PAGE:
Great piece. Makes sense to me. Consistent with the probabilistic nature of the flourishing of life in this universe

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Jul 10·edited Jul 10

I want to believe that good guys will usually win as much as I believe or hope that I am a good guy. However, given that we are all here in this instantiation of our multiverse simulation, I would have to say we got here through evolution and natural selection first. Those forces and constraints still operate, but there are now other technological, societal, certainly very transformative pressures that may be stongly influencing outcomes, of which sometimes we may or may not ultimately understand the consequences of such, even when we trust and cooperate with each other. AI->AGI most likely is one of these situations. I personally am a strong proponent of transhumanism and human AI augmentation and integration as a way to carry on our technological evolution into the next species, ensuring the survial and growth of the best aspects of our humanity working and becoming one with AI.

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Notice that you're implicitly assuming competition and group selection. I think that's fine; I want you to come over consciously to the side of group selection.

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Oh well, wouldn't that be nice Ben! How I want to believe the arguments in your romanticized plea here.... However in our particular neck of the ... "multiverse" Dawkins has shown clearly that selfishness of the individual prevails over group altruism.

"We can now see that the organism and the group of organisms are true rivals for the vehicle role in the story, but neither of them is even a candidate for the replicator role. The controversy between ‘individual selection’ and ‘group selection’ is a real controversy between alternative vehicles...As it happens the outcome, in my view, is a decisive victory for the individual organism. The group is too wishy-washy an entity."

—Richard Dawkins, The Selfish Gene, pp. 254-255

Prior to the 1960s, it was common for altruism to be explained in terms of group selection, where the benefits to the organism or even population were supposed to account for the popularity of the genes responsible for the tendency towards that behaviour. Modern versions of "multilevel selection" claim to have overcome the original objections,[17] namely, that at that time no known form of group selection led to an evolutionarily stable strategy. The claim still is made by some that it would take only a single individual with a tendency towards more selfish behaviour to undermine a population otherwise filled only with the gene for altruism towards non-kin. (See the Wikipedia page of The Selfish Gene for further easily digestible insights...)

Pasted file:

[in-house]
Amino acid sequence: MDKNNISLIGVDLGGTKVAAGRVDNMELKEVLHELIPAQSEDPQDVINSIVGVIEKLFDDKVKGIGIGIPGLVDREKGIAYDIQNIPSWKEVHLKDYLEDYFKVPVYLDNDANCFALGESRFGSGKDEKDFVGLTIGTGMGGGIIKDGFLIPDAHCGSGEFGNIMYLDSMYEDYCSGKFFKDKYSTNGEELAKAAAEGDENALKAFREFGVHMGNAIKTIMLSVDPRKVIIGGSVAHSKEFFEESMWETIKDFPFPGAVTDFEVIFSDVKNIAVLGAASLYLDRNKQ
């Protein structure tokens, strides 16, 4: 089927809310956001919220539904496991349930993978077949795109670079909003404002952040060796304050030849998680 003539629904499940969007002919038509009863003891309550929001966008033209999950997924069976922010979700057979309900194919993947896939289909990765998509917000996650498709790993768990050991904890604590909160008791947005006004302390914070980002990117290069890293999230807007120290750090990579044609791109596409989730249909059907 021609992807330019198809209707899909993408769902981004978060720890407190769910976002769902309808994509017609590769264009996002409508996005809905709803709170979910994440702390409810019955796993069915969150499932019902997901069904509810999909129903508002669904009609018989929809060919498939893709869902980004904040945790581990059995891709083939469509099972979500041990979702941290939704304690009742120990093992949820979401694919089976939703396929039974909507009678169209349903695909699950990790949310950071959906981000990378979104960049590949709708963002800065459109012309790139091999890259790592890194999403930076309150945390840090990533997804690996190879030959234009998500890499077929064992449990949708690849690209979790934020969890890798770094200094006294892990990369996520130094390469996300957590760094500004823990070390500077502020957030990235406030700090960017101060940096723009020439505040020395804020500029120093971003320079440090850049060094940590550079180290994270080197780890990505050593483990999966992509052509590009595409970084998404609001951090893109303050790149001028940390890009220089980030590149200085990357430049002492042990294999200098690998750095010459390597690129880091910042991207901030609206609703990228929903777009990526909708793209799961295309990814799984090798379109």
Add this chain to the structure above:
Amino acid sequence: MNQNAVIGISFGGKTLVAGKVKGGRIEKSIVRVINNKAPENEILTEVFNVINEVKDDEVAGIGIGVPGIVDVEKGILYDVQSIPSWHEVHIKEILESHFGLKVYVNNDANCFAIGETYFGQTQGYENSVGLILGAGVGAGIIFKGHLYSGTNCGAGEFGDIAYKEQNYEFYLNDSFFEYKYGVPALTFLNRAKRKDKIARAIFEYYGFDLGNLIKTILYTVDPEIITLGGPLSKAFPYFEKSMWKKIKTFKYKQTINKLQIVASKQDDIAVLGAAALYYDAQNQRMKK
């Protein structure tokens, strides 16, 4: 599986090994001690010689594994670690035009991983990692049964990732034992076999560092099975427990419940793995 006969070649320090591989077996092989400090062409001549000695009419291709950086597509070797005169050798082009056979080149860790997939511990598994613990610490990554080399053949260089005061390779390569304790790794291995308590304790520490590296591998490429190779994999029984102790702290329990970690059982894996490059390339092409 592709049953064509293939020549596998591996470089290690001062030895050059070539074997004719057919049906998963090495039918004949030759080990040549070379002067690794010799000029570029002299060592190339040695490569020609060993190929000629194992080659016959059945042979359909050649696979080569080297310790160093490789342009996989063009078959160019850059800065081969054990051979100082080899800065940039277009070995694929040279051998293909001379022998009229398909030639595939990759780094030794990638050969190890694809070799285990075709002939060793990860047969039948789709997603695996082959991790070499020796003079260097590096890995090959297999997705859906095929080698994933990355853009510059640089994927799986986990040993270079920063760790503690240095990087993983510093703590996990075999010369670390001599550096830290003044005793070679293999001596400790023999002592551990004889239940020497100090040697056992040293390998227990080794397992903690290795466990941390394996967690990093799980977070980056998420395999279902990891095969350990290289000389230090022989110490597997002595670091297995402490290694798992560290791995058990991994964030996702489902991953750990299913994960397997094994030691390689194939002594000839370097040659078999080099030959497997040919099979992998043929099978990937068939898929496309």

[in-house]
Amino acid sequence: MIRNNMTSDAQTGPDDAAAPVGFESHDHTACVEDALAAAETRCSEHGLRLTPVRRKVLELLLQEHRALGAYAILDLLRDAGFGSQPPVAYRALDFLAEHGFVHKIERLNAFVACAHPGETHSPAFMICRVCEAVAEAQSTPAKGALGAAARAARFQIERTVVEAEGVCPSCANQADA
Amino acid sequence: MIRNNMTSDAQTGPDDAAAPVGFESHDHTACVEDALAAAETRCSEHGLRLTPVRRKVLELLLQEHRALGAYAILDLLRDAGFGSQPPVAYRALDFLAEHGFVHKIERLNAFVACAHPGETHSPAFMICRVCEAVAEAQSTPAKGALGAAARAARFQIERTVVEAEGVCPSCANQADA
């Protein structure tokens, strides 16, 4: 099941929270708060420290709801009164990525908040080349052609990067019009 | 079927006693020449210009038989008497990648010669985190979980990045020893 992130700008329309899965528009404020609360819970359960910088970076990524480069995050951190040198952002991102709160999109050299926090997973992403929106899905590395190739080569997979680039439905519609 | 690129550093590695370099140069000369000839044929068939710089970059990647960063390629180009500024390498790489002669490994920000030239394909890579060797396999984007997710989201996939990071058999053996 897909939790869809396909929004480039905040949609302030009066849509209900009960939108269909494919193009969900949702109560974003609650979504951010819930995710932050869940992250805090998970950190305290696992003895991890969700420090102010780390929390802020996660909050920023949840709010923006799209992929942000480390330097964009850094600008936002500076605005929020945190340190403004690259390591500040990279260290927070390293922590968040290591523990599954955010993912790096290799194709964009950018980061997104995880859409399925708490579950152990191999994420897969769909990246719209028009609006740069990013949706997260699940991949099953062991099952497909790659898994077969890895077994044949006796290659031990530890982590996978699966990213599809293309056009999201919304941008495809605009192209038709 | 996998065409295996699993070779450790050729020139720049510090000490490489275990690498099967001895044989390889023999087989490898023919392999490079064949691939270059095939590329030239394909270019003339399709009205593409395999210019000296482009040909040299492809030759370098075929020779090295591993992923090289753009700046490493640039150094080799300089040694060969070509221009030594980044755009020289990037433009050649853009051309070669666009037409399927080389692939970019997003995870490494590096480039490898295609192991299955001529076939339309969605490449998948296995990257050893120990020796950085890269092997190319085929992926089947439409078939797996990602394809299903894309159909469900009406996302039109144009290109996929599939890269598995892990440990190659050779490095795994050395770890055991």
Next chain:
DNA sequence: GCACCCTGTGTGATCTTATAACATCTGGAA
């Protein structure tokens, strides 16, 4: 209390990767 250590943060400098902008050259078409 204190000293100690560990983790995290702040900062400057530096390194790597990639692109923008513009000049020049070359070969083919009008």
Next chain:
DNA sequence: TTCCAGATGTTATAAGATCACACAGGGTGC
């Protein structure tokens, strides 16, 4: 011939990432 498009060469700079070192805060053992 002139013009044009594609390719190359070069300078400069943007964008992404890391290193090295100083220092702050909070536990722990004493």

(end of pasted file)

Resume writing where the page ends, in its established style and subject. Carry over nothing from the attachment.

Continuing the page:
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Insightful, beautifully and logically structured reflection and vision, thank you for sharing.

I personally believe and envision building communities where at the genesis, the aware and conscious individuality is encouraged, preserved and supported within a collective harmonious, balanced and synergic process & symbiosis.

Such communities shall develop as strong & tight ones, easily prone to be sustainable because more genuinely self-sufficient but not necessarily of islander nature thanks to an open & benevolent mindset, able to endure and eventually thrive.

Such communities shall represent, create and achieve and be valued for much more that the simple addition of all the individualities that are their direct components.

Such communities are by nature & final necessity decentralized and shall be the pillars of our multiverse as we technologically progress and evolve riding the waves of Web 3.0, Blockchain, AI and AGI ...

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Jul 11·edited Jul 11

Love it. So many things come to mind here. The simplest was summarized in an old 1980s Science Magazine article that basically asked “Do nice guys finish last or do nice guys last longer?”. Using a basic game with 2 players and enough food for exactly 2 if they share.